The Wexford roots of Russia's fairy tale film-maker
ALEXANDER ROWE (or Rou), a Soviet film-maker famous for his 1960s fairytale adaptations, is a household name in Russia. But it is his Irish roots that are behind a festival to celebrate his work in Wexford next month.
Rowe achieved international success for his films of traditional folk tales from Russia – a long way from Wexford town, where his father, Arthur Rowe, grew up. Today, most of the director’s known relations are in Ireland and his cousin, David Rowe, is organising the festival to introduce Irish audiences to his work.
A talking pike, a magical fiery bird, a witch who flies around in a giant pestle and lives in a hut that stands on chicken legs and a fire- breathing dragon with three heads – these are just some of the Russian fairytale characters brought to life by Alexander Rowe. The pioneering film- director achieved international fame in 1965 with Morozko(Father Frost) and his films are still loved in Russia and the former Soviet bloc. But Rowe is virtually unheard of in Ireland, despite his strong Wexford connections.
One such connection is his first cousin David (90), a retired chartered accountant who grew up in a milling family in Wexford. “When we were young [Alexander] was a mysterious, exotic presence somewhere, about whom we only had rumours,” he says. “He is perhaps the most interesting of the Rowe clan.”
So how did a Wexford man’s son become Russia’s best-loved director of children’s films? According to David Rowe, his uncle and Alexander’s father, Arthur Rowe, travelled to Russia around 1904 as an employee of Henry Simon, a British manufacturer of flour-milling machinery. There, he met and married Yulia (or Eulie), a Russian of Greek descent, and they had a son, Alexander. Some time around 1909 Arthur Rowe brought his family to Wexford for a visit.
But after the revolution of 1917, Arthur fled Russia, leaving his family behind. It is thought he had at that point separated from his wife due to his alcoholism.
David Rowe was aged about four when Arthur returned to Wexford: “All I remember is he was a smelly man, and this was probably the drink,” he says. “My father had to pay his bill at the local.” Arthur Rowe then moved to Canada, where he died some 20 years later.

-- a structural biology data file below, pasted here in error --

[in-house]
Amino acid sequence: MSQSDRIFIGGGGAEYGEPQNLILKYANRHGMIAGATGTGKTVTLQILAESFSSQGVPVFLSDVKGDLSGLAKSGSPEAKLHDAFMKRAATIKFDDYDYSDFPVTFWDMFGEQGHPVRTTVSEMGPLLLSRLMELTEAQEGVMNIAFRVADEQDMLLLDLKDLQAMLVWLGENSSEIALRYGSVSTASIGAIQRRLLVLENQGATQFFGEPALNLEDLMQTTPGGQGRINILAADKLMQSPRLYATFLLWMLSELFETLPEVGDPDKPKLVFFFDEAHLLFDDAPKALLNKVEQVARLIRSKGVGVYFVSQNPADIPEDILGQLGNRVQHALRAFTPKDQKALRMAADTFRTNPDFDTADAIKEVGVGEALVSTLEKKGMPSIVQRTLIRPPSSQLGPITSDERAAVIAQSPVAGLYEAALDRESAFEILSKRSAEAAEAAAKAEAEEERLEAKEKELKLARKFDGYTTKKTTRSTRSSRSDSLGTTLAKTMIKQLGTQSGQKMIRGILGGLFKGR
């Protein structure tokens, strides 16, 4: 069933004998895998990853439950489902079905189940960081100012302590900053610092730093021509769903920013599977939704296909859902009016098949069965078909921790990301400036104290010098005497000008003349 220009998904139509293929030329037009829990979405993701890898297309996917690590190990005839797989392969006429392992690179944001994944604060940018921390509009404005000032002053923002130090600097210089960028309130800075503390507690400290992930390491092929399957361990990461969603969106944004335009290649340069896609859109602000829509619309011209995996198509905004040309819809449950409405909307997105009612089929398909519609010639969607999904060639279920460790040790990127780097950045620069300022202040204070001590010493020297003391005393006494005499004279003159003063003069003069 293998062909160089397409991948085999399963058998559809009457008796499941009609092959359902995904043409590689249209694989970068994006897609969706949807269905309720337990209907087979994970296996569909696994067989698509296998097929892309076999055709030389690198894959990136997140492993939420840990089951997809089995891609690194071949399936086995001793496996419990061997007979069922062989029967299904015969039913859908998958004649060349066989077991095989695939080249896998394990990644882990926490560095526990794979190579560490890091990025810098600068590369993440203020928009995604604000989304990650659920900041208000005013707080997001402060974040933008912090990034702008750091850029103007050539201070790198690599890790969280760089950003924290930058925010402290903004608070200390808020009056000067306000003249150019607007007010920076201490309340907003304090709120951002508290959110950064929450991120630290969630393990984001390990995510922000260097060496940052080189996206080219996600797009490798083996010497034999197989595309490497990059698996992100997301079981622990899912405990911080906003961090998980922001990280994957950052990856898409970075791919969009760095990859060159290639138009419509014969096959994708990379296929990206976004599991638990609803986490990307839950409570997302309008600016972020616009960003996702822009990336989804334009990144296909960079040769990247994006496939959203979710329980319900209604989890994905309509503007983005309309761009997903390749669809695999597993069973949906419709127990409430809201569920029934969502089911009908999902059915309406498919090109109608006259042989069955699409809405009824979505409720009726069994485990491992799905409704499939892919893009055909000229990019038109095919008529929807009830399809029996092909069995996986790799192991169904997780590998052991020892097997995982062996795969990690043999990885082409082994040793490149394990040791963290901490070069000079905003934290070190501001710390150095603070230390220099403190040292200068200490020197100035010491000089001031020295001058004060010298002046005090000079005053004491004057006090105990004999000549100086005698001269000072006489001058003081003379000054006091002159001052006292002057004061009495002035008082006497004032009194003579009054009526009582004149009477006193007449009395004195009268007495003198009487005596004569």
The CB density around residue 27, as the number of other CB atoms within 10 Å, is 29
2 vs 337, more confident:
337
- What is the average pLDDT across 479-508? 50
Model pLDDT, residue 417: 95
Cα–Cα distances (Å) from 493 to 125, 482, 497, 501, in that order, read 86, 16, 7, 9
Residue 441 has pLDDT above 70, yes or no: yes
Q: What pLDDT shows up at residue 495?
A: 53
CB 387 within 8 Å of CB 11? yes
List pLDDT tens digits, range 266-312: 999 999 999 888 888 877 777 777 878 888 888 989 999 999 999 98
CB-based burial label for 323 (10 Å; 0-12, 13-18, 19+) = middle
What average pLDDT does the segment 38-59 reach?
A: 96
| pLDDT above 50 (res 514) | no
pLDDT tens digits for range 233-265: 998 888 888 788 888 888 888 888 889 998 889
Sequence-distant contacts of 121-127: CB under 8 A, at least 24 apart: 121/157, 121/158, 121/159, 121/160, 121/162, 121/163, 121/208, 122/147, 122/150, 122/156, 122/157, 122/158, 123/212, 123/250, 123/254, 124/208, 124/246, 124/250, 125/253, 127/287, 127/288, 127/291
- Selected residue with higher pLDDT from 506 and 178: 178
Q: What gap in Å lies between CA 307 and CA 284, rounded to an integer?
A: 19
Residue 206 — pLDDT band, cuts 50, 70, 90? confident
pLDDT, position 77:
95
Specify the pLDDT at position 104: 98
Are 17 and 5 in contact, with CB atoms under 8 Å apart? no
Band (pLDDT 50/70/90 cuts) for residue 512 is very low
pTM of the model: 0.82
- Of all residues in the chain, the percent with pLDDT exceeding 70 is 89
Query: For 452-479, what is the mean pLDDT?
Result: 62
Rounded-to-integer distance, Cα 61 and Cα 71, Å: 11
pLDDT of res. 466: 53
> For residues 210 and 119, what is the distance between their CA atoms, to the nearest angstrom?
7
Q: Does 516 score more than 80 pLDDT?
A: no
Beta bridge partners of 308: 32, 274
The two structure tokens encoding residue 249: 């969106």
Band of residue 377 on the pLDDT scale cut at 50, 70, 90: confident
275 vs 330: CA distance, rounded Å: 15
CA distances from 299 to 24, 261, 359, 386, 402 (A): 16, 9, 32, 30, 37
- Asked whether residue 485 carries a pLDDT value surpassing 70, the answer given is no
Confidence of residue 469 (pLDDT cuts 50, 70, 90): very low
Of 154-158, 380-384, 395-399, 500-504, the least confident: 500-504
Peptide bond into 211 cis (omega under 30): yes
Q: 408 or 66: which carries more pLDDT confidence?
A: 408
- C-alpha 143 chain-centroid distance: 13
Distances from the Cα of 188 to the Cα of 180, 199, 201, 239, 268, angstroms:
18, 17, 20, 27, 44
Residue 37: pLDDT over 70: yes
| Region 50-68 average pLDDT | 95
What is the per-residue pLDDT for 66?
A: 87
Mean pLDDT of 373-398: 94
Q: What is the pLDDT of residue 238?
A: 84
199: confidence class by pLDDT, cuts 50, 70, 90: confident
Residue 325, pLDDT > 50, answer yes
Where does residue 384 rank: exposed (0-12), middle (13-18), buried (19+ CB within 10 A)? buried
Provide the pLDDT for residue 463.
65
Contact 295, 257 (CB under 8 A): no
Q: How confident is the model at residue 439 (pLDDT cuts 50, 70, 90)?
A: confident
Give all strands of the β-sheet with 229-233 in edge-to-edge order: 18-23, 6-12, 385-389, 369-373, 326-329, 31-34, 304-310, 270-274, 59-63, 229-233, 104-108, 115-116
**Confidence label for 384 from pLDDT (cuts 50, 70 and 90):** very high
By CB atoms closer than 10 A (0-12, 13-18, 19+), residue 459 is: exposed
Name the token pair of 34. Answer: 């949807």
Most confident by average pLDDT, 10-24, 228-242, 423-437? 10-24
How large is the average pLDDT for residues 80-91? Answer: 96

Meanwhile in turbulent Russia, life was hard for the Irishman’s estranged wife and the young Alexander. The future film-maker sold matches and combs, apparently to save money for an education. On his mother’s advice, Alexander went to a technical school, but his heart lay in the arts and he transferred to a film school, beginning his career in cinema.
Working his way up in Moscow’s studios, Rowe started producing his own films in 1938. He made 16 features – all of them based on Russian fairytales and folklore. To this day, Rowe’s work is considered original and inventive. For example, he was among the first directors to integrate live actors with animation and other effects. He travelled the world with his films, but he never returned to Ireland. He died in 1973 without meeting his Wexford family.
David Rowe had only two indirect contacts with Alexander (“We did not think it would be helpful to him, in communist Russia, to press the Irish connection,” he explains).
In the early 1960s, he sent Alexander a portion of the family legacy – some £300 – and some years later, his wife’s cousin went to Moscow and paid the director a visit. “He met her in a red dressing gown like a genial Buddha,” Rowe says. “His walls were lined with shelves containing objects for children – toys and perhaps props for his films. He gave her three wooden toys for our children. Everyone who knew him says he was a person who loved people, loved his food, loved his drink, loved children and that he was just a wonderful, warm, outgoing character.”
It is this image of Alexander that David Rowe wants to introduce to the wider Irish audience. Next month, the festival he is organising will feature visitors from Russia and screenings of Alexander’s work.